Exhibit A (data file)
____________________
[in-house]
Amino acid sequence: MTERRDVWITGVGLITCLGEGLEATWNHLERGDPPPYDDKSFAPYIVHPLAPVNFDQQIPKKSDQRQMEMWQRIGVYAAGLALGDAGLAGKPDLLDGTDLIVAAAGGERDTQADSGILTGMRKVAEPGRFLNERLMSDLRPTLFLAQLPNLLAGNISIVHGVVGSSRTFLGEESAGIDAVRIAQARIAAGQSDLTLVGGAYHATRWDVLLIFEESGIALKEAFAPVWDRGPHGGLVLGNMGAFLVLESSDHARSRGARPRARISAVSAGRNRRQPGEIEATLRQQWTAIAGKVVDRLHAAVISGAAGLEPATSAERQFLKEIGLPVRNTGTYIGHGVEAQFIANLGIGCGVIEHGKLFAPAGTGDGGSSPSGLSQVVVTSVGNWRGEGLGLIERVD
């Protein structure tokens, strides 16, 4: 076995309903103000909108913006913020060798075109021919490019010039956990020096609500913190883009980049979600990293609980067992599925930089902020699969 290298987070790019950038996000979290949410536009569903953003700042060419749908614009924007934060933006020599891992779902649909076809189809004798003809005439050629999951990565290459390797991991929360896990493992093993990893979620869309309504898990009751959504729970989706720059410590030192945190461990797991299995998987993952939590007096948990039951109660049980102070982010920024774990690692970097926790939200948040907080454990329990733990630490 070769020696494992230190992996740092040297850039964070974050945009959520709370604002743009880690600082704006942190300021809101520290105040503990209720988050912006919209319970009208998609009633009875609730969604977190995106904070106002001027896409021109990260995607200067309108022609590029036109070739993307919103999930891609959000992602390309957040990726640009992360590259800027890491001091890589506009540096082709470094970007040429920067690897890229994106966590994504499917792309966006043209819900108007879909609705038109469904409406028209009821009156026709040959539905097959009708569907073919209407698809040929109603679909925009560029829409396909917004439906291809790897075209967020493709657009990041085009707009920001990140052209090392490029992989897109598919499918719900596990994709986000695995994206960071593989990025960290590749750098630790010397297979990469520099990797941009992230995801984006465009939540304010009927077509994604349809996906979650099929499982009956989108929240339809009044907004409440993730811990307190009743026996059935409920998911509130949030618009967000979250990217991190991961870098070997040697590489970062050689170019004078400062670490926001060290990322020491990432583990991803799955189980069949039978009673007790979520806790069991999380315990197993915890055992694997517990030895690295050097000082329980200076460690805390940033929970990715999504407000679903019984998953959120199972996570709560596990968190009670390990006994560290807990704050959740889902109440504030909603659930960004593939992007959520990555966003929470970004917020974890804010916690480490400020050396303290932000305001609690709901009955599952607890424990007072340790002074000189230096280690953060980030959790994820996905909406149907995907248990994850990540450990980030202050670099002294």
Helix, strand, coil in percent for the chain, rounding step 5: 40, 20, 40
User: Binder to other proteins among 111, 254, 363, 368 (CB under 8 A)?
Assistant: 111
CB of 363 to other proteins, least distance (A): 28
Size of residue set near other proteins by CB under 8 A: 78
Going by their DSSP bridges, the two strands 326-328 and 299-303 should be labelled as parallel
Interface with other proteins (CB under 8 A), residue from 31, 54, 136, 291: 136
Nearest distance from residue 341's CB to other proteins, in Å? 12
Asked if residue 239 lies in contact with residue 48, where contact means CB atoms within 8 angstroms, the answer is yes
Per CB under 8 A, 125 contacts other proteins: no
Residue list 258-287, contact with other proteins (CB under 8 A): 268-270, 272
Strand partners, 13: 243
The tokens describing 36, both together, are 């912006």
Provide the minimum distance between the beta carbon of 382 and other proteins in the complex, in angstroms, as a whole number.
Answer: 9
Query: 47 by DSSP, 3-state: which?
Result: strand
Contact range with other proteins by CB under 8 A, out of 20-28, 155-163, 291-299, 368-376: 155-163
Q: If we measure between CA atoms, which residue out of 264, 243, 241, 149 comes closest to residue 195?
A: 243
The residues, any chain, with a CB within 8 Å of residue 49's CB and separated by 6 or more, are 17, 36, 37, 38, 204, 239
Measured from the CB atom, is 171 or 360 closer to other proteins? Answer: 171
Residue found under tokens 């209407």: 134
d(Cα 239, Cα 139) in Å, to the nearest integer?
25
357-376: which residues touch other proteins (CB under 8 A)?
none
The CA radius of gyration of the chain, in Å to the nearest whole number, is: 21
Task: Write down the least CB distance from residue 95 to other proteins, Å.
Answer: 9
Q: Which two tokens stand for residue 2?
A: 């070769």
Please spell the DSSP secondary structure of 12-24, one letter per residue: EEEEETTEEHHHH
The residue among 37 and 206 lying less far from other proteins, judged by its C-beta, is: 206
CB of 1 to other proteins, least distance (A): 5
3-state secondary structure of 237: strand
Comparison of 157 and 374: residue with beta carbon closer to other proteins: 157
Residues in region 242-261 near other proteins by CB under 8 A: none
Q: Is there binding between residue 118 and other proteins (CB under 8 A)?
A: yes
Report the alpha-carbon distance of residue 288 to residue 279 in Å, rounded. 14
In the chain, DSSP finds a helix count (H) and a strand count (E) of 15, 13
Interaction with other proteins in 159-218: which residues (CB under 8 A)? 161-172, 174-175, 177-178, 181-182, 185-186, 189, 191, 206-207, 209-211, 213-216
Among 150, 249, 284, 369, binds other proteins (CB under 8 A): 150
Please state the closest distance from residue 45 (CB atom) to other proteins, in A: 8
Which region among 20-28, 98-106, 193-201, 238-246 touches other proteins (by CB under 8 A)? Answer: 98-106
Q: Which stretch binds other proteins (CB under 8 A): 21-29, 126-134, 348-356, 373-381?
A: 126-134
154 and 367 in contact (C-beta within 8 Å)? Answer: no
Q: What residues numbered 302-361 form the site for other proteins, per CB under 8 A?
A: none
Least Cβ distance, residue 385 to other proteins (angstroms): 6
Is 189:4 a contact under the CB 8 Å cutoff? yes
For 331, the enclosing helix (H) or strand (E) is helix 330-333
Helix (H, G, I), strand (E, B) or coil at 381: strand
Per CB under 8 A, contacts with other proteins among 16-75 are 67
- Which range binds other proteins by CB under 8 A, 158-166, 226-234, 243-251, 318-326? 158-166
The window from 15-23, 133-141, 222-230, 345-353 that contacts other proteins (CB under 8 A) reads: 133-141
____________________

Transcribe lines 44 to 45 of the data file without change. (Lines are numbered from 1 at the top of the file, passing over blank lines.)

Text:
Report the alpha-carbon distance of residue 288 to residue 279 in Å, rounded. 14
In the chain, DSSP finds a helix count (H) and a strand count (E) of 15, 13